Thomas Merton (1915-1968)
“Love is our true destiny.”
Thomas Merton was born in France and moved to the United States during World War I with his parents. During his studies at Columbia University in New York, he turned to Catholicism and later joined the Trappist Abbey of Gethsemani, an order with a deep commitment to silence and contemplation. Merton was ordained a priest in 1949.
Merton published a collection of poems called Thirty Poems (1944), A Man in the Divided Sea (1946), Figures for an Apocalypse (1948), and an autobiography called Seven Storey Mountain (1948). He became internationally known for his writings. His early works were mainly focused on his personal spiritual journey, however, his later works touched on justice, civil rights, nonviolence, and pacifism.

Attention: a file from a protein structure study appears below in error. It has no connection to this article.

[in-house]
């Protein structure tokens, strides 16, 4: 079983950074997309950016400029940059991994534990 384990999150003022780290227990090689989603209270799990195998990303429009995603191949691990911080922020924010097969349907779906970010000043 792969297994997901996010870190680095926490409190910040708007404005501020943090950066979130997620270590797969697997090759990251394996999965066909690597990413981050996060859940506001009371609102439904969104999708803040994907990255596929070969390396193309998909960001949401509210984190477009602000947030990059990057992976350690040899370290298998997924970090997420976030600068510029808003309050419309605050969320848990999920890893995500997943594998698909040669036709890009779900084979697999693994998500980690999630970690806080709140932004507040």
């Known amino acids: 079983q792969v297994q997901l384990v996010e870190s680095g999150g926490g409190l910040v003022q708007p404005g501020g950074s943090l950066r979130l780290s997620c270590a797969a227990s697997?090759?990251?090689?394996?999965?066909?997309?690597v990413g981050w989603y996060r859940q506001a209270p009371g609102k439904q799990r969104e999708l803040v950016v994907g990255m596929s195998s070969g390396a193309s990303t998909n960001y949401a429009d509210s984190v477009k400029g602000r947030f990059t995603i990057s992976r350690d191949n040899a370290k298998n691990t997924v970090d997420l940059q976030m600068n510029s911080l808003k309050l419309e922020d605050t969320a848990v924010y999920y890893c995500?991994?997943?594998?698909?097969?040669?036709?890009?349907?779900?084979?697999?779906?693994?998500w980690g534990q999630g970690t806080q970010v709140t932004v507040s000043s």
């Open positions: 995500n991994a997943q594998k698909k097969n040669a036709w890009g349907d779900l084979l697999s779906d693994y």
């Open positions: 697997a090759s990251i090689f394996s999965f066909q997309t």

He interacted with all the civil rights leaders of that time. He lived in solitude and for some time became a hermit. Yet through writing his world kept expanding and, in his final days, built bridges with the monastic traditions of other faiths. He died in Thailand on pilgrimage. Merton calls us to a deep inner stillness from which our action for justice draws on the deepest possible motivation.
You can read more about Thomas Merton at Britannica.